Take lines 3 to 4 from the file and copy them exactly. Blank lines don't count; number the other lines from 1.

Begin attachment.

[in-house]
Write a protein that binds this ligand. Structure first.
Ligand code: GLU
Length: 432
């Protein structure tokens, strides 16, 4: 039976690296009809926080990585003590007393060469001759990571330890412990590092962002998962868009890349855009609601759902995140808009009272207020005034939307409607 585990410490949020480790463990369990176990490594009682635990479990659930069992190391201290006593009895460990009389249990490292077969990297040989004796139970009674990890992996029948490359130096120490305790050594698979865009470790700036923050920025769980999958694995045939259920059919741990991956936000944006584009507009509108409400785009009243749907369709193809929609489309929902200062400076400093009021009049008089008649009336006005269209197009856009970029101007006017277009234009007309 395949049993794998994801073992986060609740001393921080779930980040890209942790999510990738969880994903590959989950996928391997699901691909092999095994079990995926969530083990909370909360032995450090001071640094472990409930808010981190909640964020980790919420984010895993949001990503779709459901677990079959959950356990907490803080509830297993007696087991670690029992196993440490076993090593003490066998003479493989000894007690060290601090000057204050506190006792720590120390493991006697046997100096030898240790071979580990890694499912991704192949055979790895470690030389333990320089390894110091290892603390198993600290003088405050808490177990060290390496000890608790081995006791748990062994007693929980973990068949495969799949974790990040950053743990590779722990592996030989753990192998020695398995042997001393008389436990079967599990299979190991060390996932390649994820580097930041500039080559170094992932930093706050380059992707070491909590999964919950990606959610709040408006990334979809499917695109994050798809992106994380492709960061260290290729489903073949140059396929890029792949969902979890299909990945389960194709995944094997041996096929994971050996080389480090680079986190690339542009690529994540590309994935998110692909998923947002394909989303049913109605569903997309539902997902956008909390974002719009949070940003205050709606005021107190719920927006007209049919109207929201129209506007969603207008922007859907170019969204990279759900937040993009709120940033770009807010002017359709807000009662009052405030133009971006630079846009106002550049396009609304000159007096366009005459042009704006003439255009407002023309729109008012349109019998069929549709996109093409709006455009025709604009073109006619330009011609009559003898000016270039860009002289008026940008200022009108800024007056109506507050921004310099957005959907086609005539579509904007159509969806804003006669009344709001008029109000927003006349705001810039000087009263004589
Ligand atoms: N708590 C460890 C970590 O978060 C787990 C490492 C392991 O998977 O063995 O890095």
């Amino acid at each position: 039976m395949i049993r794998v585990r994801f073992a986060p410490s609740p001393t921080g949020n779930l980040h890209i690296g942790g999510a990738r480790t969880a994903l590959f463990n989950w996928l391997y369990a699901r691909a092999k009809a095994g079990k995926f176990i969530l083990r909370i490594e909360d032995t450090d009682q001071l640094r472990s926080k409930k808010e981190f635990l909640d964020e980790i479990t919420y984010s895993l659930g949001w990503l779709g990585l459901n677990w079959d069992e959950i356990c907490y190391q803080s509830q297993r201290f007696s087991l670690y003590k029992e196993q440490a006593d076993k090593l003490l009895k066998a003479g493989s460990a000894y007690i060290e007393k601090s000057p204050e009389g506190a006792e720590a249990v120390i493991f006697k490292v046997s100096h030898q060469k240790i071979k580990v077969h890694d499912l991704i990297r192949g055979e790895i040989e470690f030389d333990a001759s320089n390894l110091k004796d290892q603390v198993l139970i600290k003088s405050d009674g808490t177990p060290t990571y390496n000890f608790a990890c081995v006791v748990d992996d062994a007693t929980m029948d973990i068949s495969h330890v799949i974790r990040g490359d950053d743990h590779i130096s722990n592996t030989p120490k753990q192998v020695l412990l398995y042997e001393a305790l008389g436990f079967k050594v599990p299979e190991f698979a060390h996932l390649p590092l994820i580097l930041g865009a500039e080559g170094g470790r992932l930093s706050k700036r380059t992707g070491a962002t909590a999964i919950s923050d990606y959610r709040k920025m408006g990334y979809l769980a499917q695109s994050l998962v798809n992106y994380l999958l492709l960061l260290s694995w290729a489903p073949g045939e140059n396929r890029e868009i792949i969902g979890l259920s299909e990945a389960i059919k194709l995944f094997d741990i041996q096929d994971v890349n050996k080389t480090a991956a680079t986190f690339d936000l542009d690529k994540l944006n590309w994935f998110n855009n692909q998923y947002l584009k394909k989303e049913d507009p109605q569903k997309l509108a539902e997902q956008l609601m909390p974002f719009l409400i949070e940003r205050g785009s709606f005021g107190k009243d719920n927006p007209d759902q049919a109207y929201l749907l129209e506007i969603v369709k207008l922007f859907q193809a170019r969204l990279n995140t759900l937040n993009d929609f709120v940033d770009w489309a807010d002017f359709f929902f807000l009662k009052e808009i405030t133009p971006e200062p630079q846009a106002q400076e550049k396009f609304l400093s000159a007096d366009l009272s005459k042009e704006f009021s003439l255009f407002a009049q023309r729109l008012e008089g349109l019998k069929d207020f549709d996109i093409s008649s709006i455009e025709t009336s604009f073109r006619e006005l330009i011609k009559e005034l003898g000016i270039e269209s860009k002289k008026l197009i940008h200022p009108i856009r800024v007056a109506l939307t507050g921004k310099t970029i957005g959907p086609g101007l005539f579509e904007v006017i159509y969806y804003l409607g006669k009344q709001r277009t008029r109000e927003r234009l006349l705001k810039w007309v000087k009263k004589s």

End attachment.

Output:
Ligand code: GLU
Length: 432